It has taken some time since I wrote this initial article, but I am finally in a position to say somewhat more.
The Gospel problems and solutions by Eusebius was used by the compiler of a now lost Greek catena commentary. This catena was translated into Coptic (De Lagarde published it) and the Coptic into Arabic.
The Arabic version then seems to have furnished material for a composition in Ethiopian, in Ge`ez, to be specific.
The Geez adaptation of the Coptic-Arabic gospel catena gives the name of the magi’s ancestor as Zaradas, and continues with the information tabulated below : …
15. The text I have primarily used is B.L. Add. 16220, fol. 10b-11a; EMML 2088 fol. 9a-b has only minor differences.
The source for this is the mess that is Roger Cowley’s Ethiopian Biblical Interpretation, where Cambridge University Press declined to do more than reproduce the typescript. The book is full of great scholarship, but, as here, subjects are raised without any introduction, on the assumption that everyone will know about this Ge`ez text. In this case Cowley is investigating the sources for a passage in the Amharic “Andemta commentary”, discussing the Magi, and doing so with great intelligence and learning, but, unfortunately, little concern for the reader.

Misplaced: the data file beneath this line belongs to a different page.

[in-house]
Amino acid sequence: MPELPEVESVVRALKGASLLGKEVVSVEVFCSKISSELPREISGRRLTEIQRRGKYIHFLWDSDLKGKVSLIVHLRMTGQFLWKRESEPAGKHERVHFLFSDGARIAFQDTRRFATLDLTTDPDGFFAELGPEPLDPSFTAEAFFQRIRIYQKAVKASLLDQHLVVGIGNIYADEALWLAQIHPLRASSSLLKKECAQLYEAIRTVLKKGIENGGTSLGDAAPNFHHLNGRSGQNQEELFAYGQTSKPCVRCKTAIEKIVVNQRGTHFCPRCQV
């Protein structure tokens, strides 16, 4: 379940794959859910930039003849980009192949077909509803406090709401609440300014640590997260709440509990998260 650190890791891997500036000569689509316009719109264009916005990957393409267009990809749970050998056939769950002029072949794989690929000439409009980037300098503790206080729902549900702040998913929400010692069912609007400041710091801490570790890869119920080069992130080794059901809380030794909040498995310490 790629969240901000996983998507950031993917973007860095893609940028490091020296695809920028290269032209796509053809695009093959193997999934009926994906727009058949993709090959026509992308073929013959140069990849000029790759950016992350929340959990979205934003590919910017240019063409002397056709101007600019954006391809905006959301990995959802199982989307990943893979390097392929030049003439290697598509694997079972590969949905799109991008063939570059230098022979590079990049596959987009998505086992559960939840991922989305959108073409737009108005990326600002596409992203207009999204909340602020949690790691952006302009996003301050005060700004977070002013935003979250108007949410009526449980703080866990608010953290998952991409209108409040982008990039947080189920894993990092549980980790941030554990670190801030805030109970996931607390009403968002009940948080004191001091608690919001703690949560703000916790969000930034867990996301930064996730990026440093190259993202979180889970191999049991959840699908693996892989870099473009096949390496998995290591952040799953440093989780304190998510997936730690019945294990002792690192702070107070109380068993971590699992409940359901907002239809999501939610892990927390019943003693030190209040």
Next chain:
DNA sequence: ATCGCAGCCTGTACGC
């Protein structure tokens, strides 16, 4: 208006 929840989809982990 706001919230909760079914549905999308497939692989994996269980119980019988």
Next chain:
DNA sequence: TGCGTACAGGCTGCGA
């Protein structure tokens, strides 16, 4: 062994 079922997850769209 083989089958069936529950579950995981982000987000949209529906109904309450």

“BL” is of course the British Library; “EMML” is the “Ethiopian Manuscript Microfilm Library (see 7.2 under W. Macomber and Getatchew Haile)”, which doesn’t take us a huge distance forward. It is a reasonable inference from Cowley’s careless remarks that these are two manuscripts of this Geez text.
The British Library is a major research library, so of course its website is useless to the researcher and its catalogues must be found elsewhere. What else do we expect, in return for our taxes? I found this information on Add. 16220:
The Manuscripts which here follow in the order of numbers, from No. 16,185 to No. 16,258 inclusive, are in the Ethiopic language, and were presented by the Church Missionary Society. They are all fully described in the “Catalogus Codicum Manuscriptorum Orientalium, qui in Museo Britannico asservantur. Pars III.” Published in 1847. Folio.
In the 160 years following, it seems, nothing more has been done. The British Library, lazily, has not even troubled to place these paper catalogues online as PDFs. Thankfully Google Books has it. But even then, the volume is not organised by shelfmark, nor is there an index. Dear me, no. Fortunately Google again rescued me, and I find the item on p.10-11, as “ms. XI.”
It is a catena on Matthew, on f.9-46, preceded by 8 leaves of paschal tables. Named as being referenced ubique (everywhere) are: John Chrysostom, Cyril of Alexandria, Severus of Antioch, Gregory Nazianzen, Basil the Great, Clement of Rome, Athanasius, Benjamin, Epiphanius, Simon Eremita, Litus, Ausonius, Justus.
Sadly there is no mention of Eusebius. But I do not trust catalogues on such things, of course.
Ms. XII is also a catena on Matthew, I notice.
I suppose it is futile to wish that this Ethiopic catena — just 37 leaves — was edited and translated?